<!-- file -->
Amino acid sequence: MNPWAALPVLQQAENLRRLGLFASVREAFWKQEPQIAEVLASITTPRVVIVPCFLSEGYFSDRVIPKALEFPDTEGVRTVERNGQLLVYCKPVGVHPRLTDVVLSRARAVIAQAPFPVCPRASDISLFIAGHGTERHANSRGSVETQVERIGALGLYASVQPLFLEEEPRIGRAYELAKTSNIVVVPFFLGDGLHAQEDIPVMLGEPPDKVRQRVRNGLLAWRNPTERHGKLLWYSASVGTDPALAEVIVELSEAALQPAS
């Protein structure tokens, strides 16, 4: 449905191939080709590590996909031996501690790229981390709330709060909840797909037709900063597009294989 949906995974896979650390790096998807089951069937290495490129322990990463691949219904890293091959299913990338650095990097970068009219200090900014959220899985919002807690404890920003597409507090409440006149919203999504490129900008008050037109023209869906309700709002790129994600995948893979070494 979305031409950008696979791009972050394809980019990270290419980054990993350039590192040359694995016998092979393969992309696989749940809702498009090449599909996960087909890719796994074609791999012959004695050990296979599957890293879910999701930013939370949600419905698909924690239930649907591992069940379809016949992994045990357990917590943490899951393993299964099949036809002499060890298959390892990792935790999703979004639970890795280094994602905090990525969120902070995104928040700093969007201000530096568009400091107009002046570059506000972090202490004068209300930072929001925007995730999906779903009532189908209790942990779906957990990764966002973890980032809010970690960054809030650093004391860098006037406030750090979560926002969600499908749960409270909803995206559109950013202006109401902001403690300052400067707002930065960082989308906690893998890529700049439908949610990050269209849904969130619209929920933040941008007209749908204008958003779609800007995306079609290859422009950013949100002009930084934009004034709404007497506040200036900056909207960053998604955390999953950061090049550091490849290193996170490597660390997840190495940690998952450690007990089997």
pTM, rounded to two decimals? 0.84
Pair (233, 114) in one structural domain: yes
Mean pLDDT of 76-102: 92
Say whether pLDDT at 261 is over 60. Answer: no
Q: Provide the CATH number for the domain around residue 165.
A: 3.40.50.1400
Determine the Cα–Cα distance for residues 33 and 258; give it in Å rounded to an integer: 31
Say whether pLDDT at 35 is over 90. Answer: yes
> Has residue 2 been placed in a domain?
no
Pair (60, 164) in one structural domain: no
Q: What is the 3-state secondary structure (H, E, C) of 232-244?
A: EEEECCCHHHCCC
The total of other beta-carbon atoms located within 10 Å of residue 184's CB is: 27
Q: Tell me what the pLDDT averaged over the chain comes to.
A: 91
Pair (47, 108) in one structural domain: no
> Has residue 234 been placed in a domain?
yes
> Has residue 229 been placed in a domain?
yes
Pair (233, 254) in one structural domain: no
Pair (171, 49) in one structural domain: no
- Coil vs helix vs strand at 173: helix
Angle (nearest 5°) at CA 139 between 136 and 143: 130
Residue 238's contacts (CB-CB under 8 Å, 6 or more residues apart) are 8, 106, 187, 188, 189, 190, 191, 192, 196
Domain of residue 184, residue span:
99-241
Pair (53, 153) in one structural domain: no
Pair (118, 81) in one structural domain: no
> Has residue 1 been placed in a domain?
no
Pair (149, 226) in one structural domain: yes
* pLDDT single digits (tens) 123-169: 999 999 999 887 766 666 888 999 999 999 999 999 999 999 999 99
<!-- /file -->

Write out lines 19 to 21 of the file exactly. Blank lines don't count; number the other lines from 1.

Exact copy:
Pair (47, 108) in one structural domain: no
> Has residue 234 been placed in a domain?
yes